Editor’s note: You might not have heard of ray tracing, but you’ve certainly seen it. The graphics rendering technique mimics the way light works in the real world to create the special effects woven into practically ever modern movie. With the arrival of our RTX real-time ray-tracing technology, we’re working to make this sophisticated technique faster and more accessible, promising to bring cinematic quality to everything from games to product design. Today, we’re sharing a big part of the story of how modern ray tracing came to be from one of its pioneers, J. Turner Whitted. Now with NVIDIA Research, Whitted wrote the seminal paper, “An Improved Illumination Model for Shaded Display,” which serves as part of the foundation for modern ray-traced computer graphics.
Ray Tracing and Global Illumination
As most of us learned in high school physics, ray tracing is an idea that has been around for centuries. Global illumination in computer graphics has a somewhat shorter history.
Early computer graphics shading models proposed by Henri Gouraud and Bui Tuong Phong, among others, computed reflections based on the spatial relationship between light sources and a point on a surface. Somewhat later, Jim Blinn developed a reflection model derived from Ken Torrance’s work describing inter-reflections of the microscopic structures of surfaces. (That model was later expanded by Rob Cook and Ken Torrance himself into the widely used Cook-Torrance shading model.) Shortly thereafter, Blinn and Martin Newell published a paper describing environment mapping, which replaced light sources with a 360-degree texture map of the surrounding environment.
It was this development of environment mapping that caught my attention. The rendering of a shiny teapot with doors and windows reflected from its surface yielded a level of realism that I had never imagined for computer-generated imagery. I stared at the image for hours and wondered how one could ever improve it. Environment mapping did have one huge limitation of not being able to accurately render reflections of objects close to the object being rendered.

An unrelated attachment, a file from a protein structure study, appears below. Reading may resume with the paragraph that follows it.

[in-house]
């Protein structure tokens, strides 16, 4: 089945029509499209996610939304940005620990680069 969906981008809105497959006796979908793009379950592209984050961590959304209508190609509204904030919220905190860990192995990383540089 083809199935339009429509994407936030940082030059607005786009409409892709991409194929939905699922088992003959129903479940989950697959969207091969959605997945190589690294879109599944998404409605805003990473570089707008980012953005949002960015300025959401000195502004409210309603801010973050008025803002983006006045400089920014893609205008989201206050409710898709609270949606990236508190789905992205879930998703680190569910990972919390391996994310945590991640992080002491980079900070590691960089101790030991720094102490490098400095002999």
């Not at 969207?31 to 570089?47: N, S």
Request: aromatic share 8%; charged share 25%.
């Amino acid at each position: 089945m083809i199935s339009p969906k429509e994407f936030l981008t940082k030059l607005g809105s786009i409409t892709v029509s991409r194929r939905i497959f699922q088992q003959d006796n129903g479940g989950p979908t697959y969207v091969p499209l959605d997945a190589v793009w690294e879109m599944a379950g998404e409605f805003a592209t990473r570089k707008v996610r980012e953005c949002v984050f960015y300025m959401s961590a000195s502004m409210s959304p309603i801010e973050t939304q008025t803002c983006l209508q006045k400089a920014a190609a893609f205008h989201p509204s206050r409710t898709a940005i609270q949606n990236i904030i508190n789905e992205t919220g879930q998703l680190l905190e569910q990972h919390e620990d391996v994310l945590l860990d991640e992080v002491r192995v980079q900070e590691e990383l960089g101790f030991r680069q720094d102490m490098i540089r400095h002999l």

Clearly the effects of Phong’s model are local and Torrance’s model and its derivatives are microscopic in scale. It seemed natural to label Blinn and Newell’s model as “global” in scope. Hence the term “global illumination.” The question then became how to implement it without the limitations of the environment map?
Why Ray Tracing Is a Natural Choice for Global Illumination
Because ray tracing is so incredibly simple, it should have been an obvious choice for implementing global illumination in computer graphics. Ray casting for image generation had been pioneered by Arthur Appel, at IBM, and commercialized by Robert Goldstein and associates, at MAGI. MAGI had originally utilized multi-bounce ray tracing to track radiation within tanks. In my own early career, I had been involved with ocean acoustics and remembered a diagram of ray-traced sound being refracted through varying depths of the ocean and reflected from the surface. Eventually a memory of that diagram popped into my head and it then became clear to me how to improve upon the global illumination method that Blinn and Newell had initiated.
My own hesitation about using ray tracing was simply concern about performance. There has always been a bit of a divide between computer graphics for real-time interaction and graphics for film. General Electric’s lunar landing simulator obviously had to run in real time to train astronauts. This constraint continued with David Evans and Ivan Sutherland’s flight simulators as well as neighboring research at the University of Utah. Henri Gouraud’s smooth shading ran in real time at essentially no cost. A little known chapter in Bui Tuong Phong’s dissertation includes a description of circuitry for real-time shading even though most implementations of Phong shading did not run in real time.
The availability of frame buffers changed the computer graphics landscape dramatically. Rather than attempting to render images at the refresh rate of CRTs, it became possible to render at any speed and view a static image on the screen. Ed Catmull’s subdivision algorithm coupled to a z-buffer could render arbitrarily complex curved surfaces into a frame memory in a matter of minutes rather than milliseconds. Blinn and Newell’s environment mapping required tens of minutes per frame. This trend toward higher realism at slower rates gave me the courage to try something even slower.